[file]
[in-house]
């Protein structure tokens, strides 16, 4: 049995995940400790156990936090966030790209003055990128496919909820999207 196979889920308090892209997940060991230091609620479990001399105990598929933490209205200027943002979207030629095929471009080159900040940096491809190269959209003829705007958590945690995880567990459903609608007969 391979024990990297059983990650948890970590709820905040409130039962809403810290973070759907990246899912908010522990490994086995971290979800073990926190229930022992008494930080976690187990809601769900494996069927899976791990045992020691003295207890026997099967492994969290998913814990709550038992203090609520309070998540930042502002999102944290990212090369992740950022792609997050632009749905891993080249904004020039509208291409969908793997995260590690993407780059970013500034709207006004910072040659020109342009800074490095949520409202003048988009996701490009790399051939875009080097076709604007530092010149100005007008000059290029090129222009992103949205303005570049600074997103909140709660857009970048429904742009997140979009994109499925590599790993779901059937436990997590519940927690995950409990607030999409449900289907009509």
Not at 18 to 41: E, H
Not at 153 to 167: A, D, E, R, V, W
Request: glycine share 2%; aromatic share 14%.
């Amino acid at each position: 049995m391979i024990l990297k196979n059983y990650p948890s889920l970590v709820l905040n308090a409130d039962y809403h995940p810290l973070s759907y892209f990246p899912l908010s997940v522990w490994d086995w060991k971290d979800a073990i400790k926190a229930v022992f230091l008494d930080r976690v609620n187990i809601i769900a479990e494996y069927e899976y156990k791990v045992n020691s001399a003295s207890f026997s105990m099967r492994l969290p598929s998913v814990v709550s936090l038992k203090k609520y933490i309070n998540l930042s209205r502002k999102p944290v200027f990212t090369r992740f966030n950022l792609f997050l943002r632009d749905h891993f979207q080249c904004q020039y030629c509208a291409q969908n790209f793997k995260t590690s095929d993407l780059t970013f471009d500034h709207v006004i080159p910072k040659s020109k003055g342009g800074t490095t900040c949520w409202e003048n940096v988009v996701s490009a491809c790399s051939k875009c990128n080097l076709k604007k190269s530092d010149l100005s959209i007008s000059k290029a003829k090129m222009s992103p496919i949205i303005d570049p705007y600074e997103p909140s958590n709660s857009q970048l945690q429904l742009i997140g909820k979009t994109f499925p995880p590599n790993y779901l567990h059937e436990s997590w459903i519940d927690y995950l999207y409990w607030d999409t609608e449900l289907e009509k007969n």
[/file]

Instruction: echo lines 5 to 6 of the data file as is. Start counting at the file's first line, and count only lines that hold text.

Request: glycine share 2%; aromatic share 14%.
């Amino acid at each position: 049995m391979i024990l990297k196979n059983y990650p948890s889920l970590v709820l905040n308090a409130d039962y809403h995940p810290l973070s759907y892209f990246p899912l908010s997940v522990w490994d086995w060991k971290d979800a073990i400790k926190a229930v022992f230091l008494d930080r976690v609620n187990i809601i769900a479990e494996y069927e899976y156990k791990v045992n020691s001399a003295s207890f026997s105990m099967r492994l969290p598929s998913v814990v709550s936090l038992k203090k609520y933490i309070n998540l930042s209205r502002k999102p944290v200027f990212t090369r992740f966030n950022l792609f997050l943002r632009d749905h891993f979207q080249c904004q020039y030629c509208a291409q969908n790209f793997k995260t590690s095929d993407l780059t970013f471009d500034h709207v006004i080159p910072k040659s020109k003055g342009g800074t490095t900040c949520w409202e003048n940096v988009v996701s490009a491809c790399s051939k875009c990128n080097l076709k604007k190269s530092d010149l100005s959209i007008s000059k290029a003829k090129m222009s992103p496919i949205i303005d570049p705007y600074e997103p909140s958590n709660s857009q970048l945690q429904l742009i997140g909820k979009t994109f499925p995880p590599n790993y779901l567990h059937e436990s997590w459903i519940d927690y995950l999207y409990w607030d999409t609608e449900l289907e009509k007969n």